In June last year, the World Health Organization (WHO) officially classified gaming disorder as part of its International Classification of Diseases (ICD) which met with considerable backlash from gamers and the games industry, alike. Fast forward half a year and it seems that WHO has had meetings with both the Entertainment Software Association (ESA) and the British trade body, UKIE in Geneva last month.
The decision by WHO to add gaming disorder to its list of health problems is the result of years “looking into the addictive nature of video games” with the decision set to be endorsed by governments in May. The UK initially responded to the new classification last year by opening an “Internet Addiction Clinic” in London, fully funded by the National Health Service (NHS) but if the endorsement goes through, it could see an impact on healthcare policy and insurance.
Another meeting between WHO and ESA has apparently been set for this year, according to GI.biz via Reuters, with both parties hoping for “more conversation and education” before the classification is finalized. “It’s our hope that through continued dialogue we can help the WHO avoid rushed action and mistakes that could take years to correct,” commented Stanley Pierre-Louis, head of the ESA.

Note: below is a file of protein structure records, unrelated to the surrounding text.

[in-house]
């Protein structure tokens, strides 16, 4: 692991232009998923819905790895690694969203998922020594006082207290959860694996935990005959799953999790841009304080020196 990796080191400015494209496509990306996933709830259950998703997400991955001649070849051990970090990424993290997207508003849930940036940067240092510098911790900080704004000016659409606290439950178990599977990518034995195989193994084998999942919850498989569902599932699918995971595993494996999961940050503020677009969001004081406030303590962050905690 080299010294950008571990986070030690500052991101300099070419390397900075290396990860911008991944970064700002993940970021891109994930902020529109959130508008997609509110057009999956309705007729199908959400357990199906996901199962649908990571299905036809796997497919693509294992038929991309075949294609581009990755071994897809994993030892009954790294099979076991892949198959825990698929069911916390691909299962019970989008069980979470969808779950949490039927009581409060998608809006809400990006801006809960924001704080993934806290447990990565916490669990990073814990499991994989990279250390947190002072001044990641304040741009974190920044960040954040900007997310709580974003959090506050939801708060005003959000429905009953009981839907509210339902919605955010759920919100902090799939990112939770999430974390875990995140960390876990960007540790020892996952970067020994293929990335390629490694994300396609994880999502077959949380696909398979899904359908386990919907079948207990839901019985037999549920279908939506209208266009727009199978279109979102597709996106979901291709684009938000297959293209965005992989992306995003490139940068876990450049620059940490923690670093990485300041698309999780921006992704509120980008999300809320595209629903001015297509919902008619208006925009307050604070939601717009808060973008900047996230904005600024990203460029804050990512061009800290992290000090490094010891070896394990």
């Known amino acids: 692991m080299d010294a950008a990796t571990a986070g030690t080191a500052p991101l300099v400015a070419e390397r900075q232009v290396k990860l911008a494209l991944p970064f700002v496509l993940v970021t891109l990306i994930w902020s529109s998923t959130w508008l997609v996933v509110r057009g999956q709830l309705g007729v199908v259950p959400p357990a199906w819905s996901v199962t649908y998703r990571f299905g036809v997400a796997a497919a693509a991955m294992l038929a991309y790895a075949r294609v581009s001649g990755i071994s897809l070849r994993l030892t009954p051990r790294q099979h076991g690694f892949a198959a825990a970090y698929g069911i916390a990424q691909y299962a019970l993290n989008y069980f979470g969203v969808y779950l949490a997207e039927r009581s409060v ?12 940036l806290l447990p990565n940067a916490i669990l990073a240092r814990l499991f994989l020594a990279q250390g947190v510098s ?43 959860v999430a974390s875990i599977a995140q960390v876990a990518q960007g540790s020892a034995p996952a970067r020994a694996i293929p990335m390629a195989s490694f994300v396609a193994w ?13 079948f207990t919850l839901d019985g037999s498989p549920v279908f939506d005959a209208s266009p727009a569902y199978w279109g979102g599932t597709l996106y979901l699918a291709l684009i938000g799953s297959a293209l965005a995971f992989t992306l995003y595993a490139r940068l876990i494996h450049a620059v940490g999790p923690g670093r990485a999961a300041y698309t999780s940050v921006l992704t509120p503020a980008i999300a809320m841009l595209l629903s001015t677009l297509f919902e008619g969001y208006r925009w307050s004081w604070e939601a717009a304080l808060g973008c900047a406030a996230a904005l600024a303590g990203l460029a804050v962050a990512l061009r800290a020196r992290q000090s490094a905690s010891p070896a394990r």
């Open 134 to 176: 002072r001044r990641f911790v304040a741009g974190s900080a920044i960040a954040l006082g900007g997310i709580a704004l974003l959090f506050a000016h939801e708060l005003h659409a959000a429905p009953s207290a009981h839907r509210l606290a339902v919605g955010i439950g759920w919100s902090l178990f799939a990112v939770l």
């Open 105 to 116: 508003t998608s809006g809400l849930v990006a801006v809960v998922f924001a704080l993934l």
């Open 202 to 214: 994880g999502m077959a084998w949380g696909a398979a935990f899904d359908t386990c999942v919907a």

UKIE gave its own statement, expressing concern that the classification of a gaming disorder could hinder the correct diagnosis of mental health conditions. “In the UK over 30 million people play games; with over 2 billion people worldwide enjoying games safely and sensibly. Leading mental health experts have cautioned repeatedly that classifying ‘Gaming Disorder’ creates a risk of misdiagnosis for those who most need help and any decision about including gaming disorder must therefore be based on robust and unequivocal evidence.”
The games industry is no stranger to controversy, with video game violence often blamed for real-life atrocities, much like various movies have been in the past. While WHO is concentrating more on the addictive quality of games in its classification, the recent success of games such as Fortnite — especially amongst children — no doubt has a role to play in the WHO’s decision to classify gaming disorder. However, the fact that a lot of the ratings on games seem to be ignored by parents does call the knee-jerk reaction of many into question.